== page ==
It just shows how easily you can be hurt and how suddenly. I’ve had teammates with broken legs, strained wrist and angles, and even a few knocked out teeth and, it’s scary thinking about all the possibilities of injuries that could happen. I’ve been hit by pitches (once really bad in the head, but thank Lord for helmets), ground balls, aching shoulders from pitching too much. I’m use to those pains, but a permanent pain like with Chelsea’s hip is something that I’m not sure I could deal with. Which leads me into asking – Why was it a hip injury you chose to have happen to Chelsea? I know with basketball players sprained ankles or wrist would be pretty severe too, so a hip injury was something I wasn’t expecting.
HS: First of all, I’m so sorry to hear of your accident. Though I’m a bit of a klutz, I’ve never broken a bone…I can’t imagine how much your injury must have hurt…
When I came up with the sports subplot (which didn’t come about until the very last rewrite…about five years after I wrote the first draft!), I immediately imagined Chelsea as a workaholic. Somebody who lived basketball—who felt guilty when she wasn’t working out, or practicing, or engaged in visualization techniques…
I also knew I wanted to show the scene of Chelsea’s accident, and wanted a dramatic impact—I tried to picture scenarios of Chelsea falling, and what it might look like from the stands—or from the screen of Chelsea’s bedroom TV, as she watched the DVD of her last game over and over…
Of all the scenarios I imagined, none seemed quite as dramatic as Chelsea coming down from a jump, into the splits—and breaking her already-stress-fractured hip.
What kind of impact has being injured had on your ability to play? Do you find yourself hesitant now in a way you weren’t before? What’s the mental healing process been like?
C: Well, being physically hurt, believe it or not, causes me more mental pain then being in actual physical pain sometimes. There have been times where my shoulders are killing me or my elbow feels like it’s got to burst, but I never like to let it on so it’s always a mental battle with myself to push past the annoying pains. There have been times where injuries have affected my playing, like when I sometimes twist my ankle the wrong way and can’t run as fast as I want or my shoulder starts to hurt and I can’t pitch as consistently, but I would say I have never been hesitant towards going right back into it (unless for some reason I’m really nervous about playing a certain team!)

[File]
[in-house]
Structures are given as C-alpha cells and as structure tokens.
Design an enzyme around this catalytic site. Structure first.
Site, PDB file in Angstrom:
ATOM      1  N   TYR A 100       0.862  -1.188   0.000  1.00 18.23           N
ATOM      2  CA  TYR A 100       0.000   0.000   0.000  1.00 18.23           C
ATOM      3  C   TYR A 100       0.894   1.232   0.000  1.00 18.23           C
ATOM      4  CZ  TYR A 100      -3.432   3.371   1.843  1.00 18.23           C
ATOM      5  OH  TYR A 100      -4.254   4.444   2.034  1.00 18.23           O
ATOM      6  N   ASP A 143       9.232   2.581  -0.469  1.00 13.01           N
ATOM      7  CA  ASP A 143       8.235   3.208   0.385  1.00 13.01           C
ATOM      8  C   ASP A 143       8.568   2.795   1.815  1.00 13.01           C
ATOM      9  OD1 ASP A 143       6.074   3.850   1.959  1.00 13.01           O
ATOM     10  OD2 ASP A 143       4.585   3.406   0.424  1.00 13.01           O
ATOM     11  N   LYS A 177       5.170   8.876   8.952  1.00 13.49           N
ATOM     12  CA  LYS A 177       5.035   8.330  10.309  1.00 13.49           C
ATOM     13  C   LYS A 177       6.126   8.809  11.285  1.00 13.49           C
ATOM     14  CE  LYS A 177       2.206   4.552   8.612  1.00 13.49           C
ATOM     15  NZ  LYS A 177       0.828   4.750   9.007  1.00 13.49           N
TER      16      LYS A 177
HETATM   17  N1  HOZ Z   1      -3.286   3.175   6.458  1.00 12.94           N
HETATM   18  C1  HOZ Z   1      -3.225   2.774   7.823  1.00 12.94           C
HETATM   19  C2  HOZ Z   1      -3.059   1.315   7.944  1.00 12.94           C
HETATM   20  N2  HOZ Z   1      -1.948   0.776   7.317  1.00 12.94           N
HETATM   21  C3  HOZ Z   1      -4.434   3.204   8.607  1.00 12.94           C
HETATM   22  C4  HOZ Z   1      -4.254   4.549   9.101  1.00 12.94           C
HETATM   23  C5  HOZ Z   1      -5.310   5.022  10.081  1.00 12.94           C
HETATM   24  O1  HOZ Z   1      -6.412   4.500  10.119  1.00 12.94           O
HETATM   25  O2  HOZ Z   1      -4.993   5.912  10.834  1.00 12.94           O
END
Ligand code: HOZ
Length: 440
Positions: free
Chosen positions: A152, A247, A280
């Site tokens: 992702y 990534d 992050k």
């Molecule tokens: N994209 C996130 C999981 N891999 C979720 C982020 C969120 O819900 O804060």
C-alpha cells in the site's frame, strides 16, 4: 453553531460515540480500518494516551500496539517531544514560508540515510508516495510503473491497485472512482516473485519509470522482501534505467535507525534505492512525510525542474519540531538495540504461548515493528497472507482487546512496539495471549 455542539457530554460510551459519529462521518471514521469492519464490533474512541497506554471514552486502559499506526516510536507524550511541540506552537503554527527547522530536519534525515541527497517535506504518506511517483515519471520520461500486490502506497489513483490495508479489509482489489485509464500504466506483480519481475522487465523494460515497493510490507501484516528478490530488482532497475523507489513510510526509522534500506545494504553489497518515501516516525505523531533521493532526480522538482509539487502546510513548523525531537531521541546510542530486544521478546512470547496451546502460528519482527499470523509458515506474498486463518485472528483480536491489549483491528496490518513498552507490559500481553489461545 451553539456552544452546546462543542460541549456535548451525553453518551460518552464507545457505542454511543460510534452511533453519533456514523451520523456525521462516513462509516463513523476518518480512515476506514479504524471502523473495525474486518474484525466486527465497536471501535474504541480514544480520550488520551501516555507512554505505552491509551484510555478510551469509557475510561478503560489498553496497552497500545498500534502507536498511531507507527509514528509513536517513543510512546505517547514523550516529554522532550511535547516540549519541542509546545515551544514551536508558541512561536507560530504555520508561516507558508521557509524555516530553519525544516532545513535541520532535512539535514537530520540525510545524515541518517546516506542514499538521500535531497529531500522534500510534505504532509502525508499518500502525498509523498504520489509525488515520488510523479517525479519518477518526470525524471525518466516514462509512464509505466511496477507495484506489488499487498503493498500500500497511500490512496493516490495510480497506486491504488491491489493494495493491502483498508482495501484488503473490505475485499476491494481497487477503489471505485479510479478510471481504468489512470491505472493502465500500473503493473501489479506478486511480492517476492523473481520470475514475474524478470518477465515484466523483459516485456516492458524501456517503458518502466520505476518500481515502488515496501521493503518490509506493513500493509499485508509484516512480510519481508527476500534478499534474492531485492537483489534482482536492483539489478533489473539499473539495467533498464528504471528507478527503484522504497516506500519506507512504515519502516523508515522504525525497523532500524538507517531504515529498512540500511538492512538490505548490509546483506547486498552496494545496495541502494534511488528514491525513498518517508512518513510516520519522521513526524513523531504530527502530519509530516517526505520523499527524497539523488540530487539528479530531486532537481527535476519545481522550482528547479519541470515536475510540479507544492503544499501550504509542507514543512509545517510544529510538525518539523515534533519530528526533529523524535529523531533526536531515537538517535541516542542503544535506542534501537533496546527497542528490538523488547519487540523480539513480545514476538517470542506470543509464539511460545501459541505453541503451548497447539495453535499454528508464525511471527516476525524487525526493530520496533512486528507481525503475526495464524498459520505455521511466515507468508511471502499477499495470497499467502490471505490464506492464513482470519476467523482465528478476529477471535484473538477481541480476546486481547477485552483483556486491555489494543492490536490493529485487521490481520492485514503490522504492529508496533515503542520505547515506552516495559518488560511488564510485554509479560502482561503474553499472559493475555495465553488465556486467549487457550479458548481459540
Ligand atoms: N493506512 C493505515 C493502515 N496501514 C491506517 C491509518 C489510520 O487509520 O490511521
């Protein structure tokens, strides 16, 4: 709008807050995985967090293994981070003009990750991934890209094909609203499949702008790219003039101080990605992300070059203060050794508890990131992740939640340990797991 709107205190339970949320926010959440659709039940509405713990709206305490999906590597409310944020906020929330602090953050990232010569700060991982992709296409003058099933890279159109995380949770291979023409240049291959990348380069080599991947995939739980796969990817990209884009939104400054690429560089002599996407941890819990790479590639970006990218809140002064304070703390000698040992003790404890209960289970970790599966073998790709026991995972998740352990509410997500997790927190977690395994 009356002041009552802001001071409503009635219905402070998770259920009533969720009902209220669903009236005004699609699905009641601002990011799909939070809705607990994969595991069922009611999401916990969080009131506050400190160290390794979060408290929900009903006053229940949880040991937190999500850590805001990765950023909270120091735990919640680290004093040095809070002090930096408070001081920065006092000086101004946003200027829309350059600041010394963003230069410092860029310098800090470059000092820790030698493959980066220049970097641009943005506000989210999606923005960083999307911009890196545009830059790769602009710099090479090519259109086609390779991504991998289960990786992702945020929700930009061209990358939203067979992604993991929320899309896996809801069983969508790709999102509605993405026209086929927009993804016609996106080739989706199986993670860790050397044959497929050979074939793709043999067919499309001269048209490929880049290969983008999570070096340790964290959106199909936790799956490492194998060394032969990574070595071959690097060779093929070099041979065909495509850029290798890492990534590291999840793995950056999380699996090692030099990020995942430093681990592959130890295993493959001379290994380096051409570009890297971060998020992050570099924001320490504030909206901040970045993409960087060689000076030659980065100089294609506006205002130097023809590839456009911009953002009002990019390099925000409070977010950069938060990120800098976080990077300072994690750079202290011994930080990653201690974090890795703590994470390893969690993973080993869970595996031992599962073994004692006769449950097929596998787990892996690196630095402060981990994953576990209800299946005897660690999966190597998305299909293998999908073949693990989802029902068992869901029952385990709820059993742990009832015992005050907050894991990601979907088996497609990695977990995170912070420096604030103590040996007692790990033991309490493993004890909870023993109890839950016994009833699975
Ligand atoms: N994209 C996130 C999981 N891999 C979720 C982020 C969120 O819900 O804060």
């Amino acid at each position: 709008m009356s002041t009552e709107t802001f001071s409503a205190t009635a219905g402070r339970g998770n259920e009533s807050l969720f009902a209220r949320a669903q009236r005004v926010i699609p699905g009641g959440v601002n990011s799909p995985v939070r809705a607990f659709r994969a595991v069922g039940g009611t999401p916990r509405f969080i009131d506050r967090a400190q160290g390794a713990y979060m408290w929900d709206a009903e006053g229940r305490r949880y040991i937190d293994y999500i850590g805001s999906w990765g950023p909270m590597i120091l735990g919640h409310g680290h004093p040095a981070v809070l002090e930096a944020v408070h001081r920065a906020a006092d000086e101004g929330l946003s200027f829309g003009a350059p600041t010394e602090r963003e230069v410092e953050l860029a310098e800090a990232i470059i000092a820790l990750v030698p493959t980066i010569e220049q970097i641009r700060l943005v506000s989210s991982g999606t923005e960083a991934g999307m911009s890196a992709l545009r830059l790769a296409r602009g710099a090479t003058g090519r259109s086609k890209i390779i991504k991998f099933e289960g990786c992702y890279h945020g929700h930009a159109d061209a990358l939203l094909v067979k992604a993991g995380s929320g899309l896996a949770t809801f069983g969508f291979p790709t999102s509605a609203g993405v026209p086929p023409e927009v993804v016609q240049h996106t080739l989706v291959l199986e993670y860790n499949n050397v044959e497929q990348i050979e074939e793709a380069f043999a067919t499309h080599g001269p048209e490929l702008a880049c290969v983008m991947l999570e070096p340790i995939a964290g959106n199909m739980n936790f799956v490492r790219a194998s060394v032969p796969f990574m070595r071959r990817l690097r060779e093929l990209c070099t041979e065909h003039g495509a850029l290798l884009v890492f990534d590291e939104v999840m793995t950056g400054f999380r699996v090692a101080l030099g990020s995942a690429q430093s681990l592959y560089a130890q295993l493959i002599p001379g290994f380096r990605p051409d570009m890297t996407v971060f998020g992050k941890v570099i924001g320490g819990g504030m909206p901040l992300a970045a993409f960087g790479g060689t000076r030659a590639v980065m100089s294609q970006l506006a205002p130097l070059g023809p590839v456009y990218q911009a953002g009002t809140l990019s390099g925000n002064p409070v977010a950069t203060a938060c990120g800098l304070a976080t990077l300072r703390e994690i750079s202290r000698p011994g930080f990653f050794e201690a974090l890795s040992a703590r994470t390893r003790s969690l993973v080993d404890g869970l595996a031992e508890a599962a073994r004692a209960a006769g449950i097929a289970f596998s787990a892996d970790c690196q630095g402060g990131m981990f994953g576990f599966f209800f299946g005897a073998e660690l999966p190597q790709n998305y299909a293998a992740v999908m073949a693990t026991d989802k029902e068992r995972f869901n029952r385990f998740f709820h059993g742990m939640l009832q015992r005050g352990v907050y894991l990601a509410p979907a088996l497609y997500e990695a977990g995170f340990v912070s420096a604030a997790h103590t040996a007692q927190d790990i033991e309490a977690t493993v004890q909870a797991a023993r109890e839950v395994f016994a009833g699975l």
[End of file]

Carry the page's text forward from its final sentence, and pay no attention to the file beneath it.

Though, it was actually just a few days away during my softball practice that I was hitting off the machine when one of the balls I hit spun weird and hit me in my leg. It stung real bad so I had to sit down, and as I was doing so I was thinking about how funny it was that I was talking to you about the injuries I’ve gotten from sports and how often they happen. Though, I have to say that I haven’t really experienced any emotional injuries relating to sports like Clint or Chelsea did.
So, I was wondering if you thought that emotional injuries (like with Clint’s past and Chelsea’s loss of basketball) have a stronger impact then physical injuries?
HS: I think the mind is the toughest “muscle” to heal. Once you know the pain of an injury—emotional or physical—it’s got to be really hard to put yourself in line to be hurt again. I really admire athletes who get back in the game after an injury.
I do understand why athletes would want to get back out there, though…In order to write Chelsea, I just imagined that she felt the same way about sports that I felt about my writing. If something happened to me that made it impossible for me to continue writing, I’d be devastated. My sense of self would be shattered. It’d change my life completely.
What are your thoughts on sports in literature? Do you find, as an athlete, that they’re presented accurately? Do you see holes that you’d like filled—even holes you hope to fill yourself (if you have any interests in pursuing writing)?